While it was personally gratifying to be a part of these discussions, I found that my role as a strategist and researcher had major limitations. It was costly to send someone like me around the world, burning jet fuel, to have deep conversations only to fold these insights into traditional briefs on brand and product development. At the same time, every industry started getting green religion and claiming a green message. But the old compartmentalize structure was still in place, which resulted in confusion all along the chain, the initial pleasure and fascination with the complexity of the problem devolved into fatigue amongst the newly green converts at the consumer and corporate level.

The roles of designers, product development specialists, and marketers should never have been as segmented and will never be again. Participation is the key to innovation…

I realized that the nature of this challenge requires constant, ongoing conversation between all the elements. Even a successful human-centered approach to the fuzzy front end completely drops off when we hit the conveyor belt process for product development. Ideas once sensibly vetted are suddenly forced to move lock step through the phases required for launch, and often get watered down in the process. This is in fact where the activity of greenwashing occurs–good intentions turn into skepticism, compromises, and incidental innovation. How do we create a system that provides more interaction, iteration and a feedback loop?

Read the rest of Jennifer’s piece here. It’s well worth the detour.

Have a great Monday everyone. 😉

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(Corporate leaps of faith rock my world.) photo by toimaginetoo

I like to go back to the archives every once in a while – partly because I’m a little crunched for time these days, but mostly because the vault contains some pretty solid posts that you guys might never had the opportunity to read. I originally wrote this post for the Corante Marketing Hub, back when I was its online editor.

Back then, Grant McCracken had pointed us to Coca Cola’s apparent then-new shift to the long tail:

“Given its pending portfolio of coffee soda, gourmet teas and Godiva drinks, Coca-Cola is expected to expend more time and energy on low-volume, high-margin categories than ever. (…)

Rather than look at beverages on a category by category basis, Mary Minnick, head of marketing, innovation and strategic growth, has said Coke is looking at how beverages fit into consumers lives. She has described the need states as, “Enjoyment today,” “feel good today,” and “be well tomorrow.”

– Kenneth Hein, from Strategy: Coke Seeks Relief (Again) By Scratching The Niche. (Adweek. March 06, 2006.)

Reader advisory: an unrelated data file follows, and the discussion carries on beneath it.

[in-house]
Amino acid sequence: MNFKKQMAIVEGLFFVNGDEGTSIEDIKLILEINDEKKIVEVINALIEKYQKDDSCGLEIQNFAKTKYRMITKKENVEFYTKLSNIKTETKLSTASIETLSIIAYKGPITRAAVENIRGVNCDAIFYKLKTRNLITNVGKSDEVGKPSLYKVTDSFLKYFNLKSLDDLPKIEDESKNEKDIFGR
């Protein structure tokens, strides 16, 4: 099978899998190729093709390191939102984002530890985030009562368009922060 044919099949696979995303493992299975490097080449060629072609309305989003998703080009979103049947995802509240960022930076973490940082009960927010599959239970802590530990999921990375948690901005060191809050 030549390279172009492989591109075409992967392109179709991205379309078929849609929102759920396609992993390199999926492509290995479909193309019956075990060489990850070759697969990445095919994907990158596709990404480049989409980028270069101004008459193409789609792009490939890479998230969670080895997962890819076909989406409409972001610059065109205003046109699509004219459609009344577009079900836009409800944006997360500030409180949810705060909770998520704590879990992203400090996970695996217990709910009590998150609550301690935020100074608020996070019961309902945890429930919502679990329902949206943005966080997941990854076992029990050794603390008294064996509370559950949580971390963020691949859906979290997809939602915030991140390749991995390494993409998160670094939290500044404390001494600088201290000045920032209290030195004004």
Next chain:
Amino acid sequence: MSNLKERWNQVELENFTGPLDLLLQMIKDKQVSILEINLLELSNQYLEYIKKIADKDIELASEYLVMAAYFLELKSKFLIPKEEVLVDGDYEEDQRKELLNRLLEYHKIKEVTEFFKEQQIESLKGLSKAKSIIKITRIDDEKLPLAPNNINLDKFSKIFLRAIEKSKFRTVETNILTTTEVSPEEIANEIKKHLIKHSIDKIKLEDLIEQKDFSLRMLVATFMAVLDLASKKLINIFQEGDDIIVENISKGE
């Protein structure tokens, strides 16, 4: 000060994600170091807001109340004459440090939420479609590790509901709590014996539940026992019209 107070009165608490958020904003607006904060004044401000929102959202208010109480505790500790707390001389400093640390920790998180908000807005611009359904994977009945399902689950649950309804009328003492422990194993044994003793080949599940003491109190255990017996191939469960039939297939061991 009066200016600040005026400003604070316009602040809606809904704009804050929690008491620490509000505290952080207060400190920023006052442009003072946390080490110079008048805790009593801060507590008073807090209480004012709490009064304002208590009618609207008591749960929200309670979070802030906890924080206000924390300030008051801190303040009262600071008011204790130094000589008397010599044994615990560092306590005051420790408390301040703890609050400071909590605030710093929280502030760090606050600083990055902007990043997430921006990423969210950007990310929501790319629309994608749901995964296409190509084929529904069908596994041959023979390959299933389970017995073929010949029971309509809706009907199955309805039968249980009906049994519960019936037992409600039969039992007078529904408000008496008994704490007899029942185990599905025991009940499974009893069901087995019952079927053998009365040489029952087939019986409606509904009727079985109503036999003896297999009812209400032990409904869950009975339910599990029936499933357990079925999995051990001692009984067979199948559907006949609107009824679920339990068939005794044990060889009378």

And that seemed fine and good and all, but… whatever happened to… just… great taste?

When I order a latte from my favorite coffee shop or buy a bottle of Orangina or and IBC cream soda, it isn’t because of “enjoyment today,” “feel good today,” and “be well tomorrow.” It isn’t because of clever packaging or image or transference or projection. It’s because I’m in the mood for a particular flavor. This is about mood and palates and lifestyles, not “feeling good” and “being well”.

Oh, I know… I don’t have TCCC’s millions of dollars of research at my fingertips… but you know what? I’m wired just like everyone else, and I know why I buy drinks. I know why my friends and colleagues buy drinks. They like the taste. They look for context. Catch-phrases have nothing to do with it.

You can make any study and any set of numbers and statistics and results say anything you want. Especially when you have a whole lot of time and money invested in new products whose development needs to be justified to a board of directors.

Could this be a case of the tail wagging the dog? (TCCC’s need for some kind of ROI from its product development programs?) Is TCCC’s real strategy just a numbers’ game? Is it to throw as many products at us and see if anything sticks? Where ten years ago, none of these new drinks might have ever seen the light of day, now they’ve found a chance at life in “the long tail.” Could this just be a front? I guess the question is worth asking, even though I’ll assume – for the sake of this discussion – that this isn’t the case.

TCCC, here’s a tip: Drop the gimmicks. Focus on taste. Whether you love wines, beers bubble teas or kefirs, it always comes down to flavor. Most people who choose to drink Coca Cola do so because they prefer it over the taste of Pepsi. It isn’t because the cans are red or because Coca Cola makes them feel happy or look cool. (The glass bottles might be the exception.) The taste, before anything else, is at the core of the Coca Cola experience.